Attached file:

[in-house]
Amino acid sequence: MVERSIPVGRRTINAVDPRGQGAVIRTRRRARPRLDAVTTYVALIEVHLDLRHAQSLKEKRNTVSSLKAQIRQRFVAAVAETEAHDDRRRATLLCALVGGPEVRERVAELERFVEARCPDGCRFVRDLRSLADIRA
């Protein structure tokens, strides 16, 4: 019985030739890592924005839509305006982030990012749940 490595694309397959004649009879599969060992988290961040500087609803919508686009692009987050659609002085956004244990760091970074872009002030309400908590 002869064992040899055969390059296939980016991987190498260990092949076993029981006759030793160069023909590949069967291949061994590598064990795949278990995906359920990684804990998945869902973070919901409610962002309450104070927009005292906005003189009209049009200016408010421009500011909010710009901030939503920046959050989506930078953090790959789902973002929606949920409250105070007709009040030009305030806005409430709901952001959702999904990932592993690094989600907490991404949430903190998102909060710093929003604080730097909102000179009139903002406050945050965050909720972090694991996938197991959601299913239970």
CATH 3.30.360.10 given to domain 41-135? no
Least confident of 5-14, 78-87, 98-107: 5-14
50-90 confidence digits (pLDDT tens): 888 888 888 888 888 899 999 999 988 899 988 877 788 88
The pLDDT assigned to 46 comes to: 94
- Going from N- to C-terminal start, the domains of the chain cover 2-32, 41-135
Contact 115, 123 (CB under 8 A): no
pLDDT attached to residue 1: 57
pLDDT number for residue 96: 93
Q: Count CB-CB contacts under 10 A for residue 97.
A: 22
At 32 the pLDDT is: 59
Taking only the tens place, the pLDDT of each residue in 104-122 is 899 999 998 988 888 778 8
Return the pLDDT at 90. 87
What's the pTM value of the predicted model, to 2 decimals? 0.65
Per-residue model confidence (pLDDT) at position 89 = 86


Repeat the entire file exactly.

[in-house]
Amino acid sequence: MVERSIPVGRRTINAVDPRGQGAVIRTRRRARPRLDAVTTYVALIEVHLDLRHAQSLKEKRNTVSSLKAQIRQRFVAAVAETEAHDDRRRATLLCALVGGPEVRERVAELERFVEARCPDGCRFVRDLRSLADIRA
């Protein structure tokens, strides 16, 4: 019985030739890592924005839509305006982030990012749940 490595694309397959004649009879599969060992988290961040500087609803919508686009692009987050659609002085956004244990760091970074872009002030309400908590 002869064992040899055969390059296939980016991987190498260990092949076993029981006759030793160069023909590949069967291949061994590598064990795949278990995906359920990684804990998945869902973070919901409610962002309450104070927009005292906005003189009209049009200016408010421009500011909010710009901030939503920046959050989506930078953090790959789902973002929606949920409250105070007709009040030009305030806005409430709901952001959702999904990932592993690094989600907490991404949430903190998102909060710093929003604080730097909102000179009139903002406050945050965050909720972090694991996938197991959601299913239970």
CATH 3.30.360.10 given to domain 41-135? no
Least confident of 5-14, 78-87, 98-107: 5-14
50-90 confidence digits (pLDDT tens): 888 888 888 888 888 899 999 999 988 899 988 877 788 88
The pLDDT assigned to 46 comes to: 94
- Going from N- to C-terminal start, the domains of the chain cover 2-32, 41-135
Contact 115, 123 (CB under 8 A): no
pLDDT attached to residue 1: 57
pLDDT number for residue 96: 93
Q: Count CB-CB contacts under 10 A for residue 97.
A: 22
At 32 the pLDDT is: 59
Taking only the tens place, the pLDDT of each residue in 104-122 is 899 999 998 988 888 778 8
Return the pLDDT at 90. 87
What's the pTM value of the predicted model, to 2 decimals? 0.65
Per-residue model confidence (pLDDT) at position 89 = 86